We’ve heard our elders share the perspective, “Well, at least you have your health…” We typically think about physical health. But what about Mental Health, which can be particularly challenging because you can’t necessarily see it, it can be unpredictable, and it often comes with stigma attached- leaving families to cope silently on their own.
When mental illness occurs, family members may deny that the person has an ongoing illness. Certainly, there can be denial prior to a diagnosis, yet sometimes family members may find relief in the diagnosis- some form of answer. Other times, family members may feel denial, anger, or grief related to the diagnosis. More often than not- family members have a mixture of emotions and support can be helpful in coping with the diagnosis and on-going illness.
During an acute episode family members may be alarmed by what is happening to their loved one. If hospitalized, they may be relieved when the symptoms have subsided and the loved one returns home. Often, the hope is that the past is over and the future now begins- minus the illness. Thoughts often circle around research- hoping to find answers that will point to something physical that could have caused the symptoms, and that they will not return.
It is often difficult to accept the diagnosis. But, even for those family members who do accept the diagnosis, they may feel they have to protect them from others who do not. Or, they may accept the diagnosis, but believe that the illness is totally debilitating which is typically not the case. Families can become very pessimistic about the future or believe that the illness is the destiny rather than a piece of the puzzle that will help them plan for the future and manage the illness.
One of the biggest challenges of mental illness is predictability and differentiating mental illness symptoms from general stress reactions. Just because a person who is mentally ill is angry, doesn’t mean they are having “an episode.” Those with mental illness get angry from time to time and it can be perfectly normal- to expect a person with mental illness to never get angry would be unreasonable, and unhealthy. The goal is not to fully distinguish the feeling of anger, but to manage coping with the feeling of anger as it relates to their illness.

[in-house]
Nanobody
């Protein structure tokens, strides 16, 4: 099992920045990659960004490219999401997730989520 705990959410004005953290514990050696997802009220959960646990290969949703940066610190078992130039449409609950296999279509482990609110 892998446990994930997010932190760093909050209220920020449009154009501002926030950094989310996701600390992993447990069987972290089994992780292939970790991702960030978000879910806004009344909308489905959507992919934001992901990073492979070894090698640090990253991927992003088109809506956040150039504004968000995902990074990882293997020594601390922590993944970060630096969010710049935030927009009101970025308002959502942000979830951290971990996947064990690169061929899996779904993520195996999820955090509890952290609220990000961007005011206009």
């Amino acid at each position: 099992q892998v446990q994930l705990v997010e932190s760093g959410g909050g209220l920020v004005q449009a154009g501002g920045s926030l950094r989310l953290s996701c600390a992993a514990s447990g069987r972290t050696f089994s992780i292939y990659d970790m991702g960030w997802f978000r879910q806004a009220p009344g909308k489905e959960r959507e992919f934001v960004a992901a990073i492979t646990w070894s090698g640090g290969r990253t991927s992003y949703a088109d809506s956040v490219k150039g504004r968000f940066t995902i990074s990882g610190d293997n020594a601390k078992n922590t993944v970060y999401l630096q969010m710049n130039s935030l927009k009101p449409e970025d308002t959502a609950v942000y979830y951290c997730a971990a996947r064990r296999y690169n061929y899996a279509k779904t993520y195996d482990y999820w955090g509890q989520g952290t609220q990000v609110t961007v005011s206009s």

Predictability can be a challenge- if a patient with cancer goes for chemotherapy treatment, there might be expected side effects that typically occur. This allows for some kind of rhythm in relating to the patient and supporting the patient as well as caregiver around treatment cycles. Depending on type of mental illness, individuals and family members can develop a plan for coping with symptoms before, during and after an episode even if there is not a regular pattern as it relates to the calendar (i.e. certain stressors may increase likelihood of episode and one cannot fully control all stressors all the time).
Often illnesses come with a stigma- many times out of our own fear (that could happen to me!) or anxiety related to proper etiquette in supporting the patient or family member. Once an illness is understood, people often feel more at ease and are able to support those with illness. However, those with mental illness and their family members can be reluctant to discuss their diagnosis or needs because they don’t know how people will react. It can be exhausting, bewildering, and frightening and families are often unwilling to take risks in being hurt or rejected. Families, themselves, may have trouble understanding any difficulties their loved one is having. Or, they may be hoping that they’ll “snap out of it.”
Certainly the constant stress and concern can create turmoil as life can be unsettled and unpredictable. Families may feel sad, exhausted, worn out, discouraged, trapped, out of control, and/or at their wit’s end. Further, children may acclimate just fine only to grow into adulthood and then find themselves lost at coping in their own nuclear family- where a spouse did not live with a loved one with mental illness and "lenses" and coping strategies are very different. Fortunately, with support, families can develop a plan and set limits to manage situations now and in the future. They can begin to feel their feelings without shame.